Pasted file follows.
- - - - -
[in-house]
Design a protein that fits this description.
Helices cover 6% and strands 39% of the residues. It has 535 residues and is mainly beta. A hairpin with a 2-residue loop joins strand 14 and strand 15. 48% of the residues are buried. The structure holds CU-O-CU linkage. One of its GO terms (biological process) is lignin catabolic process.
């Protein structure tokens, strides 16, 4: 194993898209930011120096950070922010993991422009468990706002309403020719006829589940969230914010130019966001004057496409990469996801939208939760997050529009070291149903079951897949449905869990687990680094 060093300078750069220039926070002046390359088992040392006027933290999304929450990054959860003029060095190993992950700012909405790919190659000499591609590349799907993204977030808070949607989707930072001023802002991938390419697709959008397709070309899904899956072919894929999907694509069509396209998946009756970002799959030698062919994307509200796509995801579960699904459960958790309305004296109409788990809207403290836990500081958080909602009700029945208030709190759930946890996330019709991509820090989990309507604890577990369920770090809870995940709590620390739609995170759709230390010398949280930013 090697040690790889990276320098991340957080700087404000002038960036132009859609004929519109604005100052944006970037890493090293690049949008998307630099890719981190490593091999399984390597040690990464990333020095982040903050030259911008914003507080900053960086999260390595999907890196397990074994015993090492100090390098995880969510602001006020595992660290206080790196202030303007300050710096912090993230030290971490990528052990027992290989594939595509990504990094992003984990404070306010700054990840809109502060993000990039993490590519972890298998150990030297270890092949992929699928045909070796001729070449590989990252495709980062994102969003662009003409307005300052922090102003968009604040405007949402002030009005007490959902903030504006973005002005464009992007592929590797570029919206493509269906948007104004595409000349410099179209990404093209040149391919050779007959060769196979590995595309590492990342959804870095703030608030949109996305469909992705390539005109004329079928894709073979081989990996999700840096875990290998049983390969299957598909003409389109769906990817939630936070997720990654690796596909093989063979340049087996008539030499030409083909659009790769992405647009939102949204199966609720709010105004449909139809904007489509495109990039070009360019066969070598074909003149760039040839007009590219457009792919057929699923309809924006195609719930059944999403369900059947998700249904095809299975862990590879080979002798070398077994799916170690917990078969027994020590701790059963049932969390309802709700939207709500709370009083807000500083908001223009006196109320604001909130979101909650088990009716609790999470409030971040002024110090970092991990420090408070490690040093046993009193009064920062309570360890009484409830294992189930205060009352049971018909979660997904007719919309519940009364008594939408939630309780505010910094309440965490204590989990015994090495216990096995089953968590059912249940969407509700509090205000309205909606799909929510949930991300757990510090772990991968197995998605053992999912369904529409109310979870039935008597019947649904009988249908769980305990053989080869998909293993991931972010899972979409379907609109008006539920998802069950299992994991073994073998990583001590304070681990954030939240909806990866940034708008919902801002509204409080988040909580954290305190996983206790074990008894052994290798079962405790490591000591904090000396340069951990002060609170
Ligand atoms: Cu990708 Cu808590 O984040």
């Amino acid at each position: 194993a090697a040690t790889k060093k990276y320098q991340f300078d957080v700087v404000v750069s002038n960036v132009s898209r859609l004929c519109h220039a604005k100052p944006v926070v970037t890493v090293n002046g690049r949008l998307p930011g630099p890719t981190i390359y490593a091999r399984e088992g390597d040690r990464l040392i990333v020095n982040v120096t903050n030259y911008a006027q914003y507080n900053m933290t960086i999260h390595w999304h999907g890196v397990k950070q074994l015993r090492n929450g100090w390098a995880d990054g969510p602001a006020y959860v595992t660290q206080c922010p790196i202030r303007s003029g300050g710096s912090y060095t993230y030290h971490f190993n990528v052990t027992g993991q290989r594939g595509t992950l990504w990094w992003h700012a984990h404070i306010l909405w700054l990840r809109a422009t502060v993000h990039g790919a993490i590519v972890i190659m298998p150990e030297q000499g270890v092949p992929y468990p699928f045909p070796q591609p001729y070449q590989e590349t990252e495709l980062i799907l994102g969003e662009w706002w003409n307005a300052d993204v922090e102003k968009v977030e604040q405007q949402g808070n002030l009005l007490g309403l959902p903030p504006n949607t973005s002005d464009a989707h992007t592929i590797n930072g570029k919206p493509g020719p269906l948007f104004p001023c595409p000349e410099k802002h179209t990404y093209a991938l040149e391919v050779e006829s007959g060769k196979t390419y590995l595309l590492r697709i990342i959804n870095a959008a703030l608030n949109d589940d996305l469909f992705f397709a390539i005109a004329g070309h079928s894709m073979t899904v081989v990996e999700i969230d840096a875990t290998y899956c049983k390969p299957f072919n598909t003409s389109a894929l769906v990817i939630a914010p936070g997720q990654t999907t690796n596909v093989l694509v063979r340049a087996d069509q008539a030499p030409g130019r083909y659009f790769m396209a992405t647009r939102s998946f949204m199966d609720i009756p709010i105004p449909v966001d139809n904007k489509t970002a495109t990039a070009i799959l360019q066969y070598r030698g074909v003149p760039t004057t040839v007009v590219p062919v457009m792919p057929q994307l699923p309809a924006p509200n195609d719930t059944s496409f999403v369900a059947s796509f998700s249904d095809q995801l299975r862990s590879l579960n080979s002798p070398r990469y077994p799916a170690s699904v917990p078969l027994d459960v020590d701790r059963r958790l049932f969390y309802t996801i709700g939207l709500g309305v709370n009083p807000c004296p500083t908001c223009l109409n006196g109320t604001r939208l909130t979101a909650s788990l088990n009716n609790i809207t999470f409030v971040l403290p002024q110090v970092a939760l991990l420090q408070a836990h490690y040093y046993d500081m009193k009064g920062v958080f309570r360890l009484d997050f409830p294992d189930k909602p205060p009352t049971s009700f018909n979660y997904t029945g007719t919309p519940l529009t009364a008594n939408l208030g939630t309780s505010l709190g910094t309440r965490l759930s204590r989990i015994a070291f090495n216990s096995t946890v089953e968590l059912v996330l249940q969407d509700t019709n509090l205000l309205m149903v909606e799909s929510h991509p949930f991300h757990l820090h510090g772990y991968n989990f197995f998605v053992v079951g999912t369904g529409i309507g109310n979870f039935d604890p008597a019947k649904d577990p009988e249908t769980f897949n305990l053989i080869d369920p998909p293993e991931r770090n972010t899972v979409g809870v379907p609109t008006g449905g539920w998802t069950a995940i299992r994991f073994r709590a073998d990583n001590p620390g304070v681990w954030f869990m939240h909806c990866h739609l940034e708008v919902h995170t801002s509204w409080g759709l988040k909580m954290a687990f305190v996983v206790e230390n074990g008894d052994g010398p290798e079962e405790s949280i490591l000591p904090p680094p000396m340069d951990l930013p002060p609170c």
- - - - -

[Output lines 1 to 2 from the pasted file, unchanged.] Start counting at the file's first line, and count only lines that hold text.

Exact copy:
[in-house]
Design a protein that fits this description.